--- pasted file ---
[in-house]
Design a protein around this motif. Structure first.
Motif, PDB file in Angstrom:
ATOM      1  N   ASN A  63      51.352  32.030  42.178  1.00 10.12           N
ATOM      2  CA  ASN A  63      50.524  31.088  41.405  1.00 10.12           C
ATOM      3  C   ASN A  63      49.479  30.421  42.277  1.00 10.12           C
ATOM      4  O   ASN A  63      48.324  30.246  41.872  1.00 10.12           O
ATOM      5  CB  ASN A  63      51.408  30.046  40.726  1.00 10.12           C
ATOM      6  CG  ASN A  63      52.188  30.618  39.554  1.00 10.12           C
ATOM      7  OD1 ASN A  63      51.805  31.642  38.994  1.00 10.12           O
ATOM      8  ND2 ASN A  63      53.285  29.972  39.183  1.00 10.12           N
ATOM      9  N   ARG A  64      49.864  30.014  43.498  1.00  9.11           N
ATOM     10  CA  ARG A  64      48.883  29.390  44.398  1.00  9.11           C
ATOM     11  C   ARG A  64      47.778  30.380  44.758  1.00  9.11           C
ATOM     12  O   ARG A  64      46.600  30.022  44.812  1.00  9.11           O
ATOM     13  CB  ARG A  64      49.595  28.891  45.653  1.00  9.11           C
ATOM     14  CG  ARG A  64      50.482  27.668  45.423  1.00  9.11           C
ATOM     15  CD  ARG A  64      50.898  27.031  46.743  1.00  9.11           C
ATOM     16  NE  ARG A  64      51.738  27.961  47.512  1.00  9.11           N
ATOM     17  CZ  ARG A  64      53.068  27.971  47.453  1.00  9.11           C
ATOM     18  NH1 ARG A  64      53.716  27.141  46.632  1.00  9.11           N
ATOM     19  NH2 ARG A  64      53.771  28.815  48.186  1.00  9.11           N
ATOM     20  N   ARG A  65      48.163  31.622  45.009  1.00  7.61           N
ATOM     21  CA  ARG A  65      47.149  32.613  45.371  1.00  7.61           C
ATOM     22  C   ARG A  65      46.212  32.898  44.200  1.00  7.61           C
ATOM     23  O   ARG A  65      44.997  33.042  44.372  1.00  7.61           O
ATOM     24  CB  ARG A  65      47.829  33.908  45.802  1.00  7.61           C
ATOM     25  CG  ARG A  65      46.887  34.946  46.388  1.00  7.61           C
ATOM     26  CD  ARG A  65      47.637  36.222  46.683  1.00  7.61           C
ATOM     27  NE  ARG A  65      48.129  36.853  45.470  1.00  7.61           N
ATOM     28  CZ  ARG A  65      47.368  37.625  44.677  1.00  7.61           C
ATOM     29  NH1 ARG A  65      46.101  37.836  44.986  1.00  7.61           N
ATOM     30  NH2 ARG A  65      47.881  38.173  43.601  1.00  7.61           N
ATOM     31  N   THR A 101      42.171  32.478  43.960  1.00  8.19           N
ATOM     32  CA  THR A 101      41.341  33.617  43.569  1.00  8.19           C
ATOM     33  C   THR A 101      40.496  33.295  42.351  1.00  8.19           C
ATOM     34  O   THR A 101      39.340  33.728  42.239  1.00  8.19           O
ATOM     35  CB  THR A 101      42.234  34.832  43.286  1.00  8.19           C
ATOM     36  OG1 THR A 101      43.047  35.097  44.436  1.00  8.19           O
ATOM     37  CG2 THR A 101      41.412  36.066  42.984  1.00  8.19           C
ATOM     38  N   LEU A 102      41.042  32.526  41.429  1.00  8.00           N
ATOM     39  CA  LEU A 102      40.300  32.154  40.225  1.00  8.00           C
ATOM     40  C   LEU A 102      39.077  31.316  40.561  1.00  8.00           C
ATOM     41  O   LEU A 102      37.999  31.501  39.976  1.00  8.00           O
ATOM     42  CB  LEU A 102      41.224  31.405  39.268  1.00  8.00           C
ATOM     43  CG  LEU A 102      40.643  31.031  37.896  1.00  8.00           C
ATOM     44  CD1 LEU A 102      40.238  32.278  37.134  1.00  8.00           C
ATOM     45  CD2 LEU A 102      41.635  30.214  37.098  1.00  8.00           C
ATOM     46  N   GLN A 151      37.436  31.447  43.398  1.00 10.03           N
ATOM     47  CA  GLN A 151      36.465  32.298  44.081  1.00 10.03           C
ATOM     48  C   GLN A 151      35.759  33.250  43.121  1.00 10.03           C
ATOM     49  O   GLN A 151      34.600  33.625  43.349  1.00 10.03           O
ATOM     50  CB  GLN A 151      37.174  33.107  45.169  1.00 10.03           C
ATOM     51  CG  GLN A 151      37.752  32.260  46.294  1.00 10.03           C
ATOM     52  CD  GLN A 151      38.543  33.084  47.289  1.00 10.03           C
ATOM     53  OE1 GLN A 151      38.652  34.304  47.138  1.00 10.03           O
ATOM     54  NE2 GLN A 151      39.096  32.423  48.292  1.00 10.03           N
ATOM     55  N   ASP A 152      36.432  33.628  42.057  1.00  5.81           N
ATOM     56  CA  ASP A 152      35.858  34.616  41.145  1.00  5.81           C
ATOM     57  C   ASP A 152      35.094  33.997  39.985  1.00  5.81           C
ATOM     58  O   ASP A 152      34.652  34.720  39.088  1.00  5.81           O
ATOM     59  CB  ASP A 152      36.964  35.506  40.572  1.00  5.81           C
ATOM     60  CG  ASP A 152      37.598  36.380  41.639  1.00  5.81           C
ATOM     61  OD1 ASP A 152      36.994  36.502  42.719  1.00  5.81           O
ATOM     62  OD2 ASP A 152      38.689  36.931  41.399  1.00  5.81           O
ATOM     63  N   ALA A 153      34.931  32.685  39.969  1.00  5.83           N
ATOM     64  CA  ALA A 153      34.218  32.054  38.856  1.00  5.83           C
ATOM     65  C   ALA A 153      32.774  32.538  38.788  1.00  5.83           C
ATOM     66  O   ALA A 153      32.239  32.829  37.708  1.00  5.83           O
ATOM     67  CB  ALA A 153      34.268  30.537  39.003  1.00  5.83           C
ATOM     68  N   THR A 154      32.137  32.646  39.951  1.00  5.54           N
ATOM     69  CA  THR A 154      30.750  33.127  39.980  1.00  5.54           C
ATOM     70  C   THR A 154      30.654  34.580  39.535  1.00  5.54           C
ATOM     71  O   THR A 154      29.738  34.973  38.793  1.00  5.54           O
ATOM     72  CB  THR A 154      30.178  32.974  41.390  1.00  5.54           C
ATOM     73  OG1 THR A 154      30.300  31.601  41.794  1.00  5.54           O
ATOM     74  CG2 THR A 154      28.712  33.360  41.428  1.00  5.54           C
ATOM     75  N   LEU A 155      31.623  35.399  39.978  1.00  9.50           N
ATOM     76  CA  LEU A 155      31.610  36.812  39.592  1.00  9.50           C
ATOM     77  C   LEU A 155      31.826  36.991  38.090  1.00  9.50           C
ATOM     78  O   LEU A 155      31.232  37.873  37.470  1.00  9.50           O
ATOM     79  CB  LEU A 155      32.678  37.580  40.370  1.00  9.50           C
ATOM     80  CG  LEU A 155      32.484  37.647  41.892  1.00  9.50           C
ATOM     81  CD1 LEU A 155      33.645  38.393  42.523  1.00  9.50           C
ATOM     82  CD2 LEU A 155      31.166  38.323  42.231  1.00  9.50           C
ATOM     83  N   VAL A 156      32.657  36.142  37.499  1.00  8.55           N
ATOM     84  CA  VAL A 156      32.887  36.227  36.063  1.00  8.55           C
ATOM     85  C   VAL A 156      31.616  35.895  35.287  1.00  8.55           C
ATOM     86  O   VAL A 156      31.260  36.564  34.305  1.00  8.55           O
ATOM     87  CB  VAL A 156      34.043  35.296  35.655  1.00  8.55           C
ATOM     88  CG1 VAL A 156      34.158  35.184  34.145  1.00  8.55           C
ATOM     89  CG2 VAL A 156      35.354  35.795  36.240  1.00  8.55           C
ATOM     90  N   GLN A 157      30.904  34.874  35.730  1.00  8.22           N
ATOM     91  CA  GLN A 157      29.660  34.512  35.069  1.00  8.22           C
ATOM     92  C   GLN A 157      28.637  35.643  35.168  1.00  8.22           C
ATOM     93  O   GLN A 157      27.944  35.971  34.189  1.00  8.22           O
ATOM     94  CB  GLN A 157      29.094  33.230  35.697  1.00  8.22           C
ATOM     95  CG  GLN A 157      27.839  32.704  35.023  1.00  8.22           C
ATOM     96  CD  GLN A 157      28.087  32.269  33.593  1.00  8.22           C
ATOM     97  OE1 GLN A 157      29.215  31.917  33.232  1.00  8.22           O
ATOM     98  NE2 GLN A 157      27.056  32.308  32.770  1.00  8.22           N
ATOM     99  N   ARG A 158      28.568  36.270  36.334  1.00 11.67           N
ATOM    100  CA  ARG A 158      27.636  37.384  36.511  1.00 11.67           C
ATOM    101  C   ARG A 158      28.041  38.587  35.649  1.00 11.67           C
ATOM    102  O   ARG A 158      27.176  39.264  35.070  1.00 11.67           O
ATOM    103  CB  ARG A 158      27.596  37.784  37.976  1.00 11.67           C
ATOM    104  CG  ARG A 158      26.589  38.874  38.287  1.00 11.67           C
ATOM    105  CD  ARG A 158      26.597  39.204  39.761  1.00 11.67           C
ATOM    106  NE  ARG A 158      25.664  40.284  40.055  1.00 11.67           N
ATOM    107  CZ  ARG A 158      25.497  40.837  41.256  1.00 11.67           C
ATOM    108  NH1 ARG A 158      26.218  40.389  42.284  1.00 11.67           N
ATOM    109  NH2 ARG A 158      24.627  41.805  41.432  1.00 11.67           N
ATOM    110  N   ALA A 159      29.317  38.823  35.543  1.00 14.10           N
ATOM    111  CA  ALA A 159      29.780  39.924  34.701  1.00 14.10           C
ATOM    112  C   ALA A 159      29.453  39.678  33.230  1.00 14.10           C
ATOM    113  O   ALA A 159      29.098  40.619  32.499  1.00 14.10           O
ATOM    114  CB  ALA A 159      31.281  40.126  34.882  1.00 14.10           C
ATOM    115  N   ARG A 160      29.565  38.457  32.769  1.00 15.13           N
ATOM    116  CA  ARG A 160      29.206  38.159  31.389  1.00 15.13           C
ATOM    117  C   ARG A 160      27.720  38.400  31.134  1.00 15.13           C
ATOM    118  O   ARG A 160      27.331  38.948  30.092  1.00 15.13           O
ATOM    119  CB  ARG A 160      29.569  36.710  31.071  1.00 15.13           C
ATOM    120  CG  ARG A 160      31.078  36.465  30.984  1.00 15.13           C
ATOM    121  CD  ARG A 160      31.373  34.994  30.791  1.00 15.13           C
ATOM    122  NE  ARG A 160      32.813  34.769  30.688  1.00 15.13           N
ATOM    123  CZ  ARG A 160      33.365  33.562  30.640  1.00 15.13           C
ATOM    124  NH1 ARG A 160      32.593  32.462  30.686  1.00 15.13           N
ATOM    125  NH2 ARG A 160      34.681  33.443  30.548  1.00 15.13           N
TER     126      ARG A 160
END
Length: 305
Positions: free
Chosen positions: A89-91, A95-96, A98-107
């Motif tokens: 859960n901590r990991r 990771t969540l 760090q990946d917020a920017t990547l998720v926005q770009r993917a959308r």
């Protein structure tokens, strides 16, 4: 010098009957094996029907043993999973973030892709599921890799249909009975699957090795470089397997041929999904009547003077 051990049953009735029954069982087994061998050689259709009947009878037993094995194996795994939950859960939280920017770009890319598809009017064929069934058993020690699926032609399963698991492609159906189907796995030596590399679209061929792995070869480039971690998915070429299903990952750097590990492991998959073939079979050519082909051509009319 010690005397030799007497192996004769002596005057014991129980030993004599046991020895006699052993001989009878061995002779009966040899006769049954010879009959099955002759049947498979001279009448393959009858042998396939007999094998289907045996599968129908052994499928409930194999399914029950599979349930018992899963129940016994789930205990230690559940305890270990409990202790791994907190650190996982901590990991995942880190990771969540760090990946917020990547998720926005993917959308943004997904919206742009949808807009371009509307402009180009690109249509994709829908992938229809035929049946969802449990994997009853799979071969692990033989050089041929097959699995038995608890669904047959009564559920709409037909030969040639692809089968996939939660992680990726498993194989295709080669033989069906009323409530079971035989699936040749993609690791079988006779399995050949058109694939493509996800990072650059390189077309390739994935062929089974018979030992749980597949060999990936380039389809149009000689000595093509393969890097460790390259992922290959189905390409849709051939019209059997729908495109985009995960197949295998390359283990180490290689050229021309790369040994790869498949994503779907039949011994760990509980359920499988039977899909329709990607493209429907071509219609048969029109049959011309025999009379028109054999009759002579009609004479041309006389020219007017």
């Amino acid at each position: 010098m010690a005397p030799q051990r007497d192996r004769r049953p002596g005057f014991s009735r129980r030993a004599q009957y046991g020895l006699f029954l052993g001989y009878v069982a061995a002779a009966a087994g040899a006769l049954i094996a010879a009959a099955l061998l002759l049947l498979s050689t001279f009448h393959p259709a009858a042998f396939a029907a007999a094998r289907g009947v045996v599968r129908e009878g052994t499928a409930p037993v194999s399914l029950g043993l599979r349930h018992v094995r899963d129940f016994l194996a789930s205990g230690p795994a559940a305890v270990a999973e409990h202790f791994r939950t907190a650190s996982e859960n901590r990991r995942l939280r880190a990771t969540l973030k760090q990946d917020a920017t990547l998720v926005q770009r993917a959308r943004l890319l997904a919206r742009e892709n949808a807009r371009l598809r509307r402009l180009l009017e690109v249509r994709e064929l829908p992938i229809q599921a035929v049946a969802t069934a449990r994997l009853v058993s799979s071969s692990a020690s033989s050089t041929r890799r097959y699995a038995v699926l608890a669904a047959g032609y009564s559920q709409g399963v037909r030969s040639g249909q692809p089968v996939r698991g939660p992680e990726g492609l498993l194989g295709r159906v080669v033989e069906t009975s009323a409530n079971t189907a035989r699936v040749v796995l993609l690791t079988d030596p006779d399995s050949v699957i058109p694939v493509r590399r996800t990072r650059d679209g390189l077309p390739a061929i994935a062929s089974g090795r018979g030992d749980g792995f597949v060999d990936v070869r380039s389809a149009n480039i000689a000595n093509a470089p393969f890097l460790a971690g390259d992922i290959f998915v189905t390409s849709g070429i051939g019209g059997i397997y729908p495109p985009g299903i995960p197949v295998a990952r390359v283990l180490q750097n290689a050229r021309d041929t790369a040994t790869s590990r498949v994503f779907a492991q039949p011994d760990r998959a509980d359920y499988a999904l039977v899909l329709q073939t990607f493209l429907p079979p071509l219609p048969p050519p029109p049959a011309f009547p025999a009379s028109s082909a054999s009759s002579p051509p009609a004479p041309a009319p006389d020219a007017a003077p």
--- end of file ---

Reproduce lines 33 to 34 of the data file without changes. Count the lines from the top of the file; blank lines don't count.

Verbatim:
ATOM     30  NH2 ARG A  65      47.881  38.173  43.601  1.00  7.61           N
ATOM     31  N   THR A 101      42.171  32.478  43.960  1.00  8.19           N